2155 West Adams Boulevard


The house once at the northwest corner of West Adams Street and what was then known as Hermosa Street—now Gramercy Place— was completed in 1904 for Louisa S. Janvier, who had employed as architects the firm of Sumner Hunt and Wesley Eager. In the early 1920s, as William Andrews Clark Jr. sought to take over his entire block of Kinney Heights, he made a deal with wholesale grocer William Spencer Hook Jr., who then owned 2155, to buy its site; the house was then moved a block east in 1923 to 2055 West Adams Street (the "Street" was soon to have its status officially upgraded to "Boulevard"). Hook hired the firm of Morgan, Walls & Morgan to build a foundation on the new lot and to drastically remodel what appears to have been been Hunt & Eager's shingle-style house with a steep roof into an equally steep-roofed French design, one very much in vogue in the '20s. During this period, there was fierce competition for the residential dollars of affluent Angelenos, with dozens of developments vying for the crown of most fashionable neighborhood. In its real estate reportage, the Los Angeles Times at first mistakely placed Hook's remodeled house in Beverly Hills, which it could easily have been imagined in; although the West Adams neighborhood anchored by the Clark Library and Berkeley Square would fade dramatically during the coming economic crisis and war years, in 1923 it was still very much a favored district for the city's social Old Guard.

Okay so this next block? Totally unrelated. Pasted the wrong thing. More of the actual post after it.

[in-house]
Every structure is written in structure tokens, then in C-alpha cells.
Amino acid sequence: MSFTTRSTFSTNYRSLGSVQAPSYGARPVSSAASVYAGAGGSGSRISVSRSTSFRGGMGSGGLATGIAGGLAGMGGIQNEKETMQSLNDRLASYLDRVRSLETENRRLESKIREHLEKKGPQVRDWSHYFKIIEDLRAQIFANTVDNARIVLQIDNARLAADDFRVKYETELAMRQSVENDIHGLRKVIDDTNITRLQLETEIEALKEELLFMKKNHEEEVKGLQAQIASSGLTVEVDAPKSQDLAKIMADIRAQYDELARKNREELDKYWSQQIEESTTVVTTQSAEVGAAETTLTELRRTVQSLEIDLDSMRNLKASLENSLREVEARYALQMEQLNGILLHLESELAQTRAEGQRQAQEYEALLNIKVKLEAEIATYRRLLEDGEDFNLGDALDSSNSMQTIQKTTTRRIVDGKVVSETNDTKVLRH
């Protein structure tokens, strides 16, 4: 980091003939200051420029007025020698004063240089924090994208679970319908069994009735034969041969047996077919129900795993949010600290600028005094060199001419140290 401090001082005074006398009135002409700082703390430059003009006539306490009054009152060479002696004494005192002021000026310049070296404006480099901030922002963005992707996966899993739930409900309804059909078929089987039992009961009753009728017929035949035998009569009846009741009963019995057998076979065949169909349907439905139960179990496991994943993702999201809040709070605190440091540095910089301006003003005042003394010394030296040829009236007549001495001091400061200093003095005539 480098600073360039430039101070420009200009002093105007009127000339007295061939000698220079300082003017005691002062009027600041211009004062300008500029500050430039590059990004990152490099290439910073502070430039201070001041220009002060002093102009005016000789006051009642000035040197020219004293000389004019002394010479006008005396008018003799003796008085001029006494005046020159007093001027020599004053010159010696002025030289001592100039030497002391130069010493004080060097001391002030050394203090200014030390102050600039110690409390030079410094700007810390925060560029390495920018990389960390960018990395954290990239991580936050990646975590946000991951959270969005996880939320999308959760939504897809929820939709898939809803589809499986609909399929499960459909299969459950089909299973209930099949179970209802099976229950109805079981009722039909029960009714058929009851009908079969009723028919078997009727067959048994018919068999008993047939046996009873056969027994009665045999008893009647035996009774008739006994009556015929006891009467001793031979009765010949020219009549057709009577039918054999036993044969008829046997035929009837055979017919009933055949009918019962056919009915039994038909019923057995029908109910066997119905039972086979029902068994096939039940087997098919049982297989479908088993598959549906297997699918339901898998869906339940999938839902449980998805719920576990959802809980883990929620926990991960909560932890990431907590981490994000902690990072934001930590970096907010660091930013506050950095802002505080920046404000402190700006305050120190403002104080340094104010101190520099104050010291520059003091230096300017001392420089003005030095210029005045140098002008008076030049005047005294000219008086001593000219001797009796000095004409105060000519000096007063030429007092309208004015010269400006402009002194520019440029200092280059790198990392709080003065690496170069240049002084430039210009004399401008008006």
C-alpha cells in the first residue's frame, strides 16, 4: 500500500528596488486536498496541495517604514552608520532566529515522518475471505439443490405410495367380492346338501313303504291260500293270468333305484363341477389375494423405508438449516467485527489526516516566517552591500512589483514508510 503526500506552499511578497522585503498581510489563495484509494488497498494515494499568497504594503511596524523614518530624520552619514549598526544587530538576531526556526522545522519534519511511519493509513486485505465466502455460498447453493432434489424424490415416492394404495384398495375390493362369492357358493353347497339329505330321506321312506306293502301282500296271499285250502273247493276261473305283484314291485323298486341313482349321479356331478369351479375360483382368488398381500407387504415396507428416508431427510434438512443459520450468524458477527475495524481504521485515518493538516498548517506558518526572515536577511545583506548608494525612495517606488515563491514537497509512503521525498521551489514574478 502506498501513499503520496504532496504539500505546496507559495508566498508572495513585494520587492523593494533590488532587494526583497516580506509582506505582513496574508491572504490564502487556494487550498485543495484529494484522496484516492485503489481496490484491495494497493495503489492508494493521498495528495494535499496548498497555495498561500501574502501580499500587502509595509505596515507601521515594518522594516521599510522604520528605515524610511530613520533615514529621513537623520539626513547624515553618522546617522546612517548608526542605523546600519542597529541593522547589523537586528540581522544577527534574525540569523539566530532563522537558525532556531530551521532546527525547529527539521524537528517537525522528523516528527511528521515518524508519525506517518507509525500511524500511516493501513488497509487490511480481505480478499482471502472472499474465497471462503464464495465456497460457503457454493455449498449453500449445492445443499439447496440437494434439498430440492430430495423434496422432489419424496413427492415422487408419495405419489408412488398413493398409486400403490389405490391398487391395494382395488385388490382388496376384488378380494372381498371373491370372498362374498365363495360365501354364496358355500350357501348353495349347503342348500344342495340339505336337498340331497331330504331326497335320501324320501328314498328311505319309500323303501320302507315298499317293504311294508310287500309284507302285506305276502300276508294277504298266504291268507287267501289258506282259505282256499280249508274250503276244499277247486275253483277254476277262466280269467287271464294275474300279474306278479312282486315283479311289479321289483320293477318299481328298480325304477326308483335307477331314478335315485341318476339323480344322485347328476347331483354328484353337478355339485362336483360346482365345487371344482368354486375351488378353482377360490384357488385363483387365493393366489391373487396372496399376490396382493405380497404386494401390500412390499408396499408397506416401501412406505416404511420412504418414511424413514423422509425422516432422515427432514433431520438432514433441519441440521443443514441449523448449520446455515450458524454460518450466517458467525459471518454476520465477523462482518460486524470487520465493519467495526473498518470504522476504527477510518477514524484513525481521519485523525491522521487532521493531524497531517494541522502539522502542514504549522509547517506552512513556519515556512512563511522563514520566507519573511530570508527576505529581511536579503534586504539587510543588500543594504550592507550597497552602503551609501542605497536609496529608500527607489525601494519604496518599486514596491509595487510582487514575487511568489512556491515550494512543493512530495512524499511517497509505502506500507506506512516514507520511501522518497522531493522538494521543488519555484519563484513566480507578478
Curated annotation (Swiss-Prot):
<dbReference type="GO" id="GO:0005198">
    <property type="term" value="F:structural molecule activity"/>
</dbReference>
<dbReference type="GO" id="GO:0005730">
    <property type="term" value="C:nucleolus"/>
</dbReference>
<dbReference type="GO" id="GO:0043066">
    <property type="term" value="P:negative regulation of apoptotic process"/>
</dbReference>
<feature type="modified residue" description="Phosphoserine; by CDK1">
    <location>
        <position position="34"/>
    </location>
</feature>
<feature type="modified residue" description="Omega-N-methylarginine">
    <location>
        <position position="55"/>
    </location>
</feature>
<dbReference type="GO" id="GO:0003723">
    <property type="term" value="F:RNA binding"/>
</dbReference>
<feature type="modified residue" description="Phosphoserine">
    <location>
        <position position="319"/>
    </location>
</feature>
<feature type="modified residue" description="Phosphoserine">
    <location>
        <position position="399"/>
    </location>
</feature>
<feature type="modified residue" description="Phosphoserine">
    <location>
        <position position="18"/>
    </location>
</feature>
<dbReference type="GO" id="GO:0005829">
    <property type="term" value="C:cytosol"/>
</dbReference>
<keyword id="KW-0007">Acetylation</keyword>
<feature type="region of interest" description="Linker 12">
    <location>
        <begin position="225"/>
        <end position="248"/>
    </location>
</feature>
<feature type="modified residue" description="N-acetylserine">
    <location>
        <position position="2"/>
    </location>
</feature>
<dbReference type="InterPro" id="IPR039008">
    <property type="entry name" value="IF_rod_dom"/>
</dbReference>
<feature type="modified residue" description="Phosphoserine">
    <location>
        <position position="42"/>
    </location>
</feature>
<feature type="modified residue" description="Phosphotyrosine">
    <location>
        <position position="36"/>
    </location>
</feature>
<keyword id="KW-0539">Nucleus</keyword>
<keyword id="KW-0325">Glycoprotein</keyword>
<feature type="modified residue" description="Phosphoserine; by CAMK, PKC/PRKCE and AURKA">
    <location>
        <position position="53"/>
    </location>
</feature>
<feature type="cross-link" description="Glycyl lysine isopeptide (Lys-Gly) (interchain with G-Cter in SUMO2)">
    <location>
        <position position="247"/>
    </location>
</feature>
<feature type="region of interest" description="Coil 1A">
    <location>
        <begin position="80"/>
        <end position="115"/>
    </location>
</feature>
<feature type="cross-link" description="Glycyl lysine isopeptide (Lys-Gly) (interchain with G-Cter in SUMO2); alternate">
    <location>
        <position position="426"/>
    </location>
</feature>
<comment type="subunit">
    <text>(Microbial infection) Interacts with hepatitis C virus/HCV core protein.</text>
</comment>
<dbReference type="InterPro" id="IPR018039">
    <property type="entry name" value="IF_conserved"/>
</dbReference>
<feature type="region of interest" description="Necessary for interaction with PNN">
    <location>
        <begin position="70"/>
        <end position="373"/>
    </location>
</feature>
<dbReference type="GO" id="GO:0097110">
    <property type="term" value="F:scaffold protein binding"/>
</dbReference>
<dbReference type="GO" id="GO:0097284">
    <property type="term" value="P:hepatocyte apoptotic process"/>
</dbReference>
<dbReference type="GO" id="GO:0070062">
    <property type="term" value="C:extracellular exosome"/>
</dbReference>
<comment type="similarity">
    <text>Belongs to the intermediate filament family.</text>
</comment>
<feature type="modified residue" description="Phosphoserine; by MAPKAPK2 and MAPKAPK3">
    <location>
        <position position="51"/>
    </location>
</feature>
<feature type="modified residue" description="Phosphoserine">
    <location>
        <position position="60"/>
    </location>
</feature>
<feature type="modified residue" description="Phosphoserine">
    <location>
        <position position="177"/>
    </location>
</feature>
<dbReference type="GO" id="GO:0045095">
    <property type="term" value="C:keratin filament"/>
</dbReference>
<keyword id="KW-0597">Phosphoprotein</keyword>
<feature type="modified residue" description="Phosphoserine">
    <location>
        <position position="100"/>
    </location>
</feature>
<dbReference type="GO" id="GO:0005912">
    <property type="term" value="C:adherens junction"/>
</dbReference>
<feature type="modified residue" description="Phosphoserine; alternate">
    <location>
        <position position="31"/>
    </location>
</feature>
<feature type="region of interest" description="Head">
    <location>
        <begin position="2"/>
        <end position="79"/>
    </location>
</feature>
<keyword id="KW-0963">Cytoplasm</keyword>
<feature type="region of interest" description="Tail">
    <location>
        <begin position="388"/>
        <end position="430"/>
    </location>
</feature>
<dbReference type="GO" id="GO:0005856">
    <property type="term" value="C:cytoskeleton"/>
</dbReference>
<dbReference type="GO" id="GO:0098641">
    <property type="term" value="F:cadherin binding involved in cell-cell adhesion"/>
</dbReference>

The house was built facing east toward Hermosa/Gramercy, while in its new location it was oriented west toward St. Andrews. It was demolished in 1972; its full story will appear in due course. 

As seen in the Los Angeles Times on July 10, 1904

Illustration: Private Collection; LAT